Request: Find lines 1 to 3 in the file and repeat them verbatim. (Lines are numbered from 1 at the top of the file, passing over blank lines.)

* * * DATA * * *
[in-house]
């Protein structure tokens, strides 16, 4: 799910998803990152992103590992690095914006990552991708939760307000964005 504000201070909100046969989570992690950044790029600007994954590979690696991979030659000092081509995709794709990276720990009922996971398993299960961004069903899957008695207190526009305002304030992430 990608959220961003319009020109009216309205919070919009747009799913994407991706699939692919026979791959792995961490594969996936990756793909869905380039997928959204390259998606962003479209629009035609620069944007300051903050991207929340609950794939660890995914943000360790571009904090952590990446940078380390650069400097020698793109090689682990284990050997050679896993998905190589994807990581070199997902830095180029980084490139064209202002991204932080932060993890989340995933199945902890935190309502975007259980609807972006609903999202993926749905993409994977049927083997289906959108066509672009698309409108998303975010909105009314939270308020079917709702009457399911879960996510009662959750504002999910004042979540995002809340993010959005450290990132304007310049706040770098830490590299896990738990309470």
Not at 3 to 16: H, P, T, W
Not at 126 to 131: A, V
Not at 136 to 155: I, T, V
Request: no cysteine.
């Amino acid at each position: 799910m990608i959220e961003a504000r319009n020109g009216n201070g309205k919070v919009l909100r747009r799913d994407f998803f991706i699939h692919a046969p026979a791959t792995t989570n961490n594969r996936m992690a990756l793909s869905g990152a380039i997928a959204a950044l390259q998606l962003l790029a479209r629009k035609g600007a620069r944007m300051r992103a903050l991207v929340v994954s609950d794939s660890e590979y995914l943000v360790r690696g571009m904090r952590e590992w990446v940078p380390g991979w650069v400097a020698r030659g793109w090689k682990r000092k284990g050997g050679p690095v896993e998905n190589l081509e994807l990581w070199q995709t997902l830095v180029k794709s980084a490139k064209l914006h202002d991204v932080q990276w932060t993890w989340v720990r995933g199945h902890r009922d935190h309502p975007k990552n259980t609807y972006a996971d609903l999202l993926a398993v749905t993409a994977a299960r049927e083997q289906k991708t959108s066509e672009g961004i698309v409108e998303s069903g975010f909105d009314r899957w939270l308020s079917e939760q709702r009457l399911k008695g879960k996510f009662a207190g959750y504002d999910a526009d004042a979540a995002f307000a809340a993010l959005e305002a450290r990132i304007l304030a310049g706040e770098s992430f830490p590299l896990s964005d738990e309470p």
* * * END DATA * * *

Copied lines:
[in-house]
């Protein structure tokens, strides 16, 4: 799910998803990152992103590992690095914006990552991708939760307000964005 504000201070909100046969989570992690950044790029600007994954590979690696991979030659000092081509995709794709990276720990009922996971398993299960961004069903899957008695207190526009305002304030992430 990608959220961003319009020109009216309205919070919009747009799913994407991706699939692919026979791959792995961490594969996936990756793909869905380039997928959204390259998606962003479209629009035609620069944007300051903050991207929340609950794939660890995914943000360790571009904090952590990446940078380390650069400097020698793109090689682990284990050997050679896993998905190589994807990581070199997902830095180029980084490139064209202002991204932080932060993890989340995933199945902890935190309502975007259980609807972006609903999202993926749905993409994977049927083997289906959108066509672009698309409108998303975010909105009314939270308020079917709702009457399911879960996510009662959750504002999910004042979540995002809340993010959005450290990132304007310049706040770098830490590299896990738990309470």
Not at 3 to 16: H, P, T, W